Microbiota-accessible carbohydrates (MACs) exert health-promoting effects, but how each MAC impacts gut microbiota and regulates host physiology remains unclear. Here, we show that L-arabinose and sucrose cooperatively act on gut microbiota and exert anti-obesogenic effects. Specifically, L-arabinose, a monosaccharide that is poorly absorbed in the gut and inhibits intestinal sucrase, suppresses diet-induced obesity in mice in the presence of sucrose. Additionally, the suppressive effect of L-arabinose on adiposity is abrogated in mice lacking the short-chain fatty acid (SCFA) receptors GPR43 and GPR41. Mechanistically, L-arabinose increases the relative abundance of acetate and propionate producers (e.g., Bacteroides), while sucrose enhances SCFA production. Furthermore, L-arabinose and sucrose activate the glycolytic and pentose phosphate pathways of Bacteroides, respectively, indicating that they synergistically promote acetate production through distinct pathways. These findings suggest that each MAC has a unique property and thus may serve as a precision gut-microbiota modulator to promote host homeostasis.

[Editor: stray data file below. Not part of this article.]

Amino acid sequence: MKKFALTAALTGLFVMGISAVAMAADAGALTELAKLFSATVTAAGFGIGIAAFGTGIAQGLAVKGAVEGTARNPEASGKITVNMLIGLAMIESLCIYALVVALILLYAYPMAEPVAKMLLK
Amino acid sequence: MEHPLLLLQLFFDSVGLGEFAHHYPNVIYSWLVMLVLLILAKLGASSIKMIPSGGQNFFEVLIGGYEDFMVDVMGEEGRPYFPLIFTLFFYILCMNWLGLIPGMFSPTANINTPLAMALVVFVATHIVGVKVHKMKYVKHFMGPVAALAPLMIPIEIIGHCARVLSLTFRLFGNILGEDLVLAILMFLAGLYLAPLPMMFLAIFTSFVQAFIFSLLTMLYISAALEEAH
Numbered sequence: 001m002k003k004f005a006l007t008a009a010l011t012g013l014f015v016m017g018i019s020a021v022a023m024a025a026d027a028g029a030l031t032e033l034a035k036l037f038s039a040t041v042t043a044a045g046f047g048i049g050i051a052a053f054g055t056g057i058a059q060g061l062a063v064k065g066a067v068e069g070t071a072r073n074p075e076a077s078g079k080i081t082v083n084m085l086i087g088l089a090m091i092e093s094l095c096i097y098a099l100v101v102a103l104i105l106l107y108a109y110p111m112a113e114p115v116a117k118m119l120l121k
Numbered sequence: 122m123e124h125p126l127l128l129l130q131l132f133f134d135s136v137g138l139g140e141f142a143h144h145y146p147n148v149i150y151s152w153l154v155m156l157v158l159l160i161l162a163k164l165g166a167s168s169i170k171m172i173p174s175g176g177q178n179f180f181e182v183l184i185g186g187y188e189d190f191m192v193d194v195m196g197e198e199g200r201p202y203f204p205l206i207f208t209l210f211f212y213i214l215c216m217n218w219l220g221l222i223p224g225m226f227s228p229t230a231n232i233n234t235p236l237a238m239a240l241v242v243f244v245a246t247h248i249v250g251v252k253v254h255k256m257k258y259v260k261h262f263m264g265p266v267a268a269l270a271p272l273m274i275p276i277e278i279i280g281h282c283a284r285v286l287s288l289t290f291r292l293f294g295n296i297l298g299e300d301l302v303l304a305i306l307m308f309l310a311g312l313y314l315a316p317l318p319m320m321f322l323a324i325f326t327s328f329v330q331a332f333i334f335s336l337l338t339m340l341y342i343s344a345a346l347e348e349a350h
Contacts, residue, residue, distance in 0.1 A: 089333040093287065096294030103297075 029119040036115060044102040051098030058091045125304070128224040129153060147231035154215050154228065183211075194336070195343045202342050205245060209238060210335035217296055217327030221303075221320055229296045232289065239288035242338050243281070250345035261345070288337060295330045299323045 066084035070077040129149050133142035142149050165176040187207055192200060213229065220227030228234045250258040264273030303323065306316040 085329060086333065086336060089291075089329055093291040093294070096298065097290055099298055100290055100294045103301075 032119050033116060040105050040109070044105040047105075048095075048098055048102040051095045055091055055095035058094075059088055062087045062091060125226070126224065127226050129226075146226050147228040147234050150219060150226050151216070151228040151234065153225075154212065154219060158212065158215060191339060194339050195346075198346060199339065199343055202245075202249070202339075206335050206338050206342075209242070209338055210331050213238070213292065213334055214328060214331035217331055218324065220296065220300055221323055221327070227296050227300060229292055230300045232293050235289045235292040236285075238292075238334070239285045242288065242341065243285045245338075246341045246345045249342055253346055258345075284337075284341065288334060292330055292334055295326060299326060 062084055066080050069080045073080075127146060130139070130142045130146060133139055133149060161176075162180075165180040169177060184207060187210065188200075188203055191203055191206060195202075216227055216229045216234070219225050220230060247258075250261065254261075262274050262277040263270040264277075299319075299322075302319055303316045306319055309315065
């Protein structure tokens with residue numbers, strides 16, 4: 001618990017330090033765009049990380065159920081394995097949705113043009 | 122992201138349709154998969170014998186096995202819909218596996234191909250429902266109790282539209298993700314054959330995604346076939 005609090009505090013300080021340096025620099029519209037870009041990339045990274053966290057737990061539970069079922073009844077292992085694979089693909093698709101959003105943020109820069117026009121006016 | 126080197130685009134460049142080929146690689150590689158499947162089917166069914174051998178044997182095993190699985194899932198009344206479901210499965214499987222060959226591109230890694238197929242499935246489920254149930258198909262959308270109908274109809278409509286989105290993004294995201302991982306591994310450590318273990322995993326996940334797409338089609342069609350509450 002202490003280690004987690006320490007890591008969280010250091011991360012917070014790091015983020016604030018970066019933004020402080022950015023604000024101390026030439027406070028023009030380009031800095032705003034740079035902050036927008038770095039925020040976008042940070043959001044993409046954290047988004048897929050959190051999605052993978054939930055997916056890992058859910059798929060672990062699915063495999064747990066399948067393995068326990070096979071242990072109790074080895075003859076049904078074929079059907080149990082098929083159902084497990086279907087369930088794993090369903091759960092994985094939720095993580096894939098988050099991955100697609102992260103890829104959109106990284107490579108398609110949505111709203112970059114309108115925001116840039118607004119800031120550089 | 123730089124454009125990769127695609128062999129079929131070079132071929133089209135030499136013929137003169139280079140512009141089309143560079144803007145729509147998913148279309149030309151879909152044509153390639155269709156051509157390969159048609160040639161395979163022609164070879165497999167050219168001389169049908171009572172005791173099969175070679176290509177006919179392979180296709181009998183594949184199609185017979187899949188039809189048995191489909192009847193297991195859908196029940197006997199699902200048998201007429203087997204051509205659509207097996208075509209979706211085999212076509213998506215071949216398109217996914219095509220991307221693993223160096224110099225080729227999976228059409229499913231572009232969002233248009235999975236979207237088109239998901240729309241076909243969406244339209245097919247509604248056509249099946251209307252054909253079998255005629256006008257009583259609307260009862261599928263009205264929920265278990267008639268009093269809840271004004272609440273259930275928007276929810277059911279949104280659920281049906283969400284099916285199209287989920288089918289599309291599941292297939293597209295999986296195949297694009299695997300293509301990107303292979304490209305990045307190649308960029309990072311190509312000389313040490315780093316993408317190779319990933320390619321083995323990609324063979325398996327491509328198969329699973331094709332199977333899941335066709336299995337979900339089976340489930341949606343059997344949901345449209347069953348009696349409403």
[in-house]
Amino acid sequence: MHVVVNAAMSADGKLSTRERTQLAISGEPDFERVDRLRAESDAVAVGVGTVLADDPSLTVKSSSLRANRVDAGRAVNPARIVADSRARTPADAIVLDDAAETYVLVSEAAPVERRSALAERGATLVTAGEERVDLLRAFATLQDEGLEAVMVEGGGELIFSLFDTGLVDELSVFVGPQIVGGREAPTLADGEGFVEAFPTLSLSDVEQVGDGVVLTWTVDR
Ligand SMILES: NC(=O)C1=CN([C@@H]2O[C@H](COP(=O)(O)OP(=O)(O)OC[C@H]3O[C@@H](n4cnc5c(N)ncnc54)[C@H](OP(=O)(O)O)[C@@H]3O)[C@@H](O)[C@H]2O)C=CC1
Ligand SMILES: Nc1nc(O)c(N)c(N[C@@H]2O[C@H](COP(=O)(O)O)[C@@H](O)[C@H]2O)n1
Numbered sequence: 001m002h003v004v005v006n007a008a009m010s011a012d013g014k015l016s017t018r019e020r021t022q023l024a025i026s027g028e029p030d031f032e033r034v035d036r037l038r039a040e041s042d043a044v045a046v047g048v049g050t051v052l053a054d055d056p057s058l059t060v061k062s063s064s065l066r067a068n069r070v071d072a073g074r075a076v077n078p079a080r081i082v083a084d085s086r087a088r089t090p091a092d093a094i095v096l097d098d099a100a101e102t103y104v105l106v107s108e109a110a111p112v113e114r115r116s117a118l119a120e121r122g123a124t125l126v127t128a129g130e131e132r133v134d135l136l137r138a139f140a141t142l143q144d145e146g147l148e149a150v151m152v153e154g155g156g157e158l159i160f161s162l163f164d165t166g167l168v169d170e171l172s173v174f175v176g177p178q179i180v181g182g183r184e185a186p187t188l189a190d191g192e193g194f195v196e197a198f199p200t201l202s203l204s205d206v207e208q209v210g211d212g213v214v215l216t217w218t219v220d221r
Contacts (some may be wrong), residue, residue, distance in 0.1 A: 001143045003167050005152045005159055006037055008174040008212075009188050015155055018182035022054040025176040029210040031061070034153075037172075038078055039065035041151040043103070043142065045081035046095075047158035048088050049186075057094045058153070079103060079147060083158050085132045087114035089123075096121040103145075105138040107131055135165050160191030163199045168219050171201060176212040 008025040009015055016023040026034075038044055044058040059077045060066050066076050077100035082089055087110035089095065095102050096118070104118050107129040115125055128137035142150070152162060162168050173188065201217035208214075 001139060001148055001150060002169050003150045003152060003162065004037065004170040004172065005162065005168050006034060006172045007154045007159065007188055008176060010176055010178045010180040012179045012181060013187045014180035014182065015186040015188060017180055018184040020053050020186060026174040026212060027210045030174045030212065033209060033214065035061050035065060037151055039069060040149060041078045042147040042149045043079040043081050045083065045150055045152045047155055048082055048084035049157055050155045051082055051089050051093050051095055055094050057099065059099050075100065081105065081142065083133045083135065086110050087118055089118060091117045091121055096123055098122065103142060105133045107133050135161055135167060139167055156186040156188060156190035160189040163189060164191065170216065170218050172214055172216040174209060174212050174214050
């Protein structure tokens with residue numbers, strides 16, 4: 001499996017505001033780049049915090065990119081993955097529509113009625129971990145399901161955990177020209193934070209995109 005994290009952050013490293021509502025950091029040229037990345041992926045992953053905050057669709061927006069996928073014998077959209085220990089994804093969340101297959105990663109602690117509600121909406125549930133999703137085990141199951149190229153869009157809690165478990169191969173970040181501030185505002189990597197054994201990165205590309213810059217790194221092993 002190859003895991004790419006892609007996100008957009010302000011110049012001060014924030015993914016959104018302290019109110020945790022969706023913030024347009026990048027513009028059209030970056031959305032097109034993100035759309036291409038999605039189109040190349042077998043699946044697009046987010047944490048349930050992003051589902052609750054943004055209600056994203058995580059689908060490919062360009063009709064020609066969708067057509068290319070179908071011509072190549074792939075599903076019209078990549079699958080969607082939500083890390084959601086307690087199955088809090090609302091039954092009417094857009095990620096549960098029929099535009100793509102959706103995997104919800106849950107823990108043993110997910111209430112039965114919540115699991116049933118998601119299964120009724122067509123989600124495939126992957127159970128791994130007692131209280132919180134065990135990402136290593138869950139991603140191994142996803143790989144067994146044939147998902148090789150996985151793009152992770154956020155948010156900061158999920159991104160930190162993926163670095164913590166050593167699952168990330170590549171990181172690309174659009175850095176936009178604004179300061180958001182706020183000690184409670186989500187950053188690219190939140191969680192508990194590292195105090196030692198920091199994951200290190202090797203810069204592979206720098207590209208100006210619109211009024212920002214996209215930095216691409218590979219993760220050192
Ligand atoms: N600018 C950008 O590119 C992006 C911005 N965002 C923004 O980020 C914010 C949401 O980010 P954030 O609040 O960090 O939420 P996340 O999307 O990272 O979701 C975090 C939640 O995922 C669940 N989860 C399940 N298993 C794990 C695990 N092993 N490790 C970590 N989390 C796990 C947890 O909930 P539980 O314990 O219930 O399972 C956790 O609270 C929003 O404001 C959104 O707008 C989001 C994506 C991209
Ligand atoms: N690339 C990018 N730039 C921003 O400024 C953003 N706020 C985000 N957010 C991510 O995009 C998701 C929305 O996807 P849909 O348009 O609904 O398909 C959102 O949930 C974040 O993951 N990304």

- CP: Microbiology
- gut microbiota
- microbiota-accessible carbohydrates
- short-chain fatty acids
ASJC Scopus subject areas
- Biochemistry, Genetics and Molecular Biology(all)